Arts enrich life for Curran, community

 

Last updated 10/28/2020 at 3:08pm | View PDF

Jim Slonoff

JULIE CURRAN Grew up near Akron, Ohio • 34-year resident of Hinsdale • Retired Regional President at BMO Harris Bank (Chicago West) • Graduate of Northwestern University and WILDCATS football fan • Elmhurst University trustee

Julie Curran has never considered herself an artist. But she knows and appreciates the important role that art in all forms has on people, families and communities. That's why she's been part of the DuPage Foundation's Arts DuPage Advisory Committee since it was established nearly five years ago.

'It's one of the things I like about living in Hinsdale and about living in DuPage County," Curran said of the area's vast and varied opportunities to enjoy art in its many forms.

One of the ways Arts DuPage supports, promotes and advocates for the arts in DuPage County is through the Arts DuPage website. The comprehensive collection of artists, organizations and events makes it easy for DuPage residents and visitors to find opportunities to enjoy, observe and participate in concerts, performances, exhibits and more.

"People sometimes look at art through the wrong lens," Curran said, not considering the many forms that art can take.

Just as Curran has always loved all forms of art, she also is a longtime supporter of the arts in Hinsdale and the surrounding community. A former president of the Hinsdale Center for the Arts, which closed its doors in 2012, Curran also is a fan of the Ly Hotchkin Arts Program at The Community House. Other local favorites for Curran are the Morton Arboretum and any performance by the Elmhurst University Jazz Band.


A community's art scene isn't just about entertainment.

"Art is an important part of building an economy," Curran said.

As one of 14 members of the Arts DuPage Advisory Committee, Curran said she brings a business lens to the county's art scene. A former bank executive, she understands the economic impact a theater, orchestra or art gallery can have on an entire community.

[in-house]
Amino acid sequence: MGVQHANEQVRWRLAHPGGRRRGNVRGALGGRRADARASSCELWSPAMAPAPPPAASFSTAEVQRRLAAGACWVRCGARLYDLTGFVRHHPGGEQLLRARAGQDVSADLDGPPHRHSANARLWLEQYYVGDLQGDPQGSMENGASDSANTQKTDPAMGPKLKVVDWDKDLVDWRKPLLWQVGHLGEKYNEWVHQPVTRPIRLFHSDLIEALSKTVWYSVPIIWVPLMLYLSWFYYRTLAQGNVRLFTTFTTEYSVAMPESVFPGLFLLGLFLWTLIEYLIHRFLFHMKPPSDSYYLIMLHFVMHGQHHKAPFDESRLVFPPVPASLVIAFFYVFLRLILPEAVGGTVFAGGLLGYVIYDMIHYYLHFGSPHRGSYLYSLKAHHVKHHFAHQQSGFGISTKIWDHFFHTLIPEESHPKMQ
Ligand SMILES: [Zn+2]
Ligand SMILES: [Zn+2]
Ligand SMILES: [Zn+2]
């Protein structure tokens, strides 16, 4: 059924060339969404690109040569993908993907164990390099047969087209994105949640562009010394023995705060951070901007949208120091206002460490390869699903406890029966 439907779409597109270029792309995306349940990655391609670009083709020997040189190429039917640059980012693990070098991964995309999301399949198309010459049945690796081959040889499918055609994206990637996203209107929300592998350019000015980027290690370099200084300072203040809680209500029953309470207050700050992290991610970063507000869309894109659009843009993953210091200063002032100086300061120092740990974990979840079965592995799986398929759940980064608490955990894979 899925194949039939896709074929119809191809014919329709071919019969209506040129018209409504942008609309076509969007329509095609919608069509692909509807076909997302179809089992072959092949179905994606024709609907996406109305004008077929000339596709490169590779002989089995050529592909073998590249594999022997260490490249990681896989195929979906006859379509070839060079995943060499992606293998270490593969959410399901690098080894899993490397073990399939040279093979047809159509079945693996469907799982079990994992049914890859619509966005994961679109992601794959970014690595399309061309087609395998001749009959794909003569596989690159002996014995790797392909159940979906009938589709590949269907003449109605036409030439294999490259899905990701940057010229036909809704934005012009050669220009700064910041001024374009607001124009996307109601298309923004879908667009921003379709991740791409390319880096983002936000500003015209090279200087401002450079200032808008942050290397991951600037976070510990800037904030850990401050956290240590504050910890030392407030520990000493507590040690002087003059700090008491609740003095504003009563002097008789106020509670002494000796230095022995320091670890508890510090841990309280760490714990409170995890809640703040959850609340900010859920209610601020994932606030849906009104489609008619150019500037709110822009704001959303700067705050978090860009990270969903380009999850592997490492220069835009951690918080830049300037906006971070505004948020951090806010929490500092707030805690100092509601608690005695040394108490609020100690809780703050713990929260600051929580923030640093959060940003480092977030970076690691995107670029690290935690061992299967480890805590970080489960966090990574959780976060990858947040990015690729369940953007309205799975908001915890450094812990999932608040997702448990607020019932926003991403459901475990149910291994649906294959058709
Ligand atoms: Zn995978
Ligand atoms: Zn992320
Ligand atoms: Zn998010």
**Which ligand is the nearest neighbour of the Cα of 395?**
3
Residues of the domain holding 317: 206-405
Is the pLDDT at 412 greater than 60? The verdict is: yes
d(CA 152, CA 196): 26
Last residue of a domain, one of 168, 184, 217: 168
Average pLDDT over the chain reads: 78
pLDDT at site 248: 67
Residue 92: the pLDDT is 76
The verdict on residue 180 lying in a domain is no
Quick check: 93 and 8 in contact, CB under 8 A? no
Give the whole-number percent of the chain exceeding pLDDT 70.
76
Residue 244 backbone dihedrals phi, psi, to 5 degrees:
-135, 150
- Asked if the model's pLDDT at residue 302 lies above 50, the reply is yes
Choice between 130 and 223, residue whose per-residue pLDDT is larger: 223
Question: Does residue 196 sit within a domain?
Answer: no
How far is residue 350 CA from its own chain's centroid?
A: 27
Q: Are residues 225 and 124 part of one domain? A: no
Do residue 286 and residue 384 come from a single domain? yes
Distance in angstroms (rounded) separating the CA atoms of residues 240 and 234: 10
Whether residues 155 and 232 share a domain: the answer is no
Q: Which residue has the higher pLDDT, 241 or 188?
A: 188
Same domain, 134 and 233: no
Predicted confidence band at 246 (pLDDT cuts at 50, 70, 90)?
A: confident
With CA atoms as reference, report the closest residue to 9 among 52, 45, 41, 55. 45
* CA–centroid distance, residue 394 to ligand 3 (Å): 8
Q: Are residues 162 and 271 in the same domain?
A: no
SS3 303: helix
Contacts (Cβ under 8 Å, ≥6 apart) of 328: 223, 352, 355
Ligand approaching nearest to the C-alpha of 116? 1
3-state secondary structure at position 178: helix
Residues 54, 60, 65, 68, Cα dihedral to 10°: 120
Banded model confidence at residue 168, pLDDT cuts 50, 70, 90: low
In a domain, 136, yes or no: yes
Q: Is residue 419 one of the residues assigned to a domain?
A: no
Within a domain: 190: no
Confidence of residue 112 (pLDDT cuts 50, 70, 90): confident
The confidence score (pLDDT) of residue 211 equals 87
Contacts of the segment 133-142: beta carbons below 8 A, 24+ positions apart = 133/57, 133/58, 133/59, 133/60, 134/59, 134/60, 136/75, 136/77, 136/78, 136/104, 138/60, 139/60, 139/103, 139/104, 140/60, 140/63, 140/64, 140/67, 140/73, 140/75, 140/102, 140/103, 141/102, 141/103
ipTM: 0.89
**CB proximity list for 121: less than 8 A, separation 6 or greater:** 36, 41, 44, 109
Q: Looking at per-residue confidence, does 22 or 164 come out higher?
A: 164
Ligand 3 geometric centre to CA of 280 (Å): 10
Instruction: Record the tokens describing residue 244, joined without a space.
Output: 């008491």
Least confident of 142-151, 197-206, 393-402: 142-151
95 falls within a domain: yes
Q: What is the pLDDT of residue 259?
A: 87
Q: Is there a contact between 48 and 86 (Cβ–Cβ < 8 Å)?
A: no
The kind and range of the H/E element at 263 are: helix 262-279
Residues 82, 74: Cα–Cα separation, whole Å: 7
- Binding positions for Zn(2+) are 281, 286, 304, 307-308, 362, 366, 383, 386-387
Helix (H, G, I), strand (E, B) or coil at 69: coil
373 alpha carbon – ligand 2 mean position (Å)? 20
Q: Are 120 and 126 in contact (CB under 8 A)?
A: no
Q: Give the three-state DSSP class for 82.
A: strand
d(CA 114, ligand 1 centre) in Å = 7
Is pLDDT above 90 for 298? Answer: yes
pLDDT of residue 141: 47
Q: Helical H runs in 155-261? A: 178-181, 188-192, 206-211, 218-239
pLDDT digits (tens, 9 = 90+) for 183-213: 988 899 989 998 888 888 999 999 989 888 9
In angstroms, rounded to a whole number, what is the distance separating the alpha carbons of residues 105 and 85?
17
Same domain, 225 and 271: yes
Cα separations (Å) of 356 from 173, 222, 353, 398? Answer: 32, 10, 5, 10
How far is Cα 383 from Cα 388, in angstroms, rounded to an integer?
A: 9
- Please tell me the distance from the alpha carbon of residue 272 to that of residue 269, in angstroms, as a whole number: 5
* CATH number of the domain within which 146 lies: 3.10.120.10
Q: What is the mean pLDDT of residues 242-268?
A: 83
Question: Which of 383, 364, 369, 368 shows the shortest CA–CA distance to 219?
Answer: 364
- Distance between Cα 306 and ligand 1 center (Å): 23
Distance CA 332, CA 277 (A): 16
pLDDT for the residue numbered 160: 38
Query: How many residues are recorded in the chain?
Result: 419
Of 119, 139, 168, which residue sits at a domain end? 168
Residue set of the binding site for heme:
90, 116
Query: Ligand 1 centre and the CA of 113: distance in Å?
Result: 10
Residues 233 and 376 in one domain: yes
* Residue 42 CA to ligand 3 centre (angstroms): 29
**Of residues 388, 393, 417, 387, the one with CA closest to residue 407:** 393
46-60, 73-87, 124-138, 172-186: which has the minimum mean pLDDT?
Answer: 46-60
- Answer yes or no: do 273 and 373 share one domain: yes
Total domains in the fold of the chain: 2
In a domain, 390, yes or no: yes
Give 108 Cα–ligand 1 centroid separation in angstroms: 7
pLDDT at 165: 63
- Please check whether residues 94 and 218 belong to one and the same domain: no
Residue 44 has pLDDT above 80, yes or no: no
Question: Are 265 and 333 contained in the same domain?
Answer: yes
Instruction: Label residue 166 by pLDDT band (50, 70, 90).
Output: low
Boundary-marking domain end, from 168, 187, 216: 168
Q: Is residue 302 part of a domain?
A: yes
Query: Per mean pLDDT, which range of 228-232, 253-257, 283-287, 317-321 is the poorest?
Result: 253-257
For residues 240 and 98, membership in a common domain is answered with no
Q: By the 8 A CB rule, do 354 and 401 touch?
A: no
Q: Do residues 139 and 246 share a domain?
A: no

Especially when there's not a pandemic to consider, a concert at a local church or school is an opportunity for nearby bars and restaurants to fill their tables with pre- and post-concert diners. Towns with a vibrant art scene help employers to recruit employees.

"Art helps attract new business," Curran said, because art creates a community where people want to live.

October is designated as Arts DuPage Month by the DuPage Foundation - a month dedicated to promoting the many opportunities available to enjoy art while remaining safe at home. Curran said the pandemic has made the Arts DuPage website more valuable than ever as organizations and artists seek creative ways to share their talents from afar.


Top Driver

She said even those who have spent decades in DuPage will likely discover something new through a visit to the website.

"Get into our website and just take a look at all the different things that are available to do," Curran said. "Try something different."

- story by Sandy Illian Bosch, photo by Jim Slonoff

Author Bio

Sandy Illian Bosch is a contributing writer to The Hinsdalean

Email: [email protected]

 
 

Powered by ROAR Online Publication Software from Lions Light Corporation
© Copyright 2021

Rendered 07/24/2021 21:51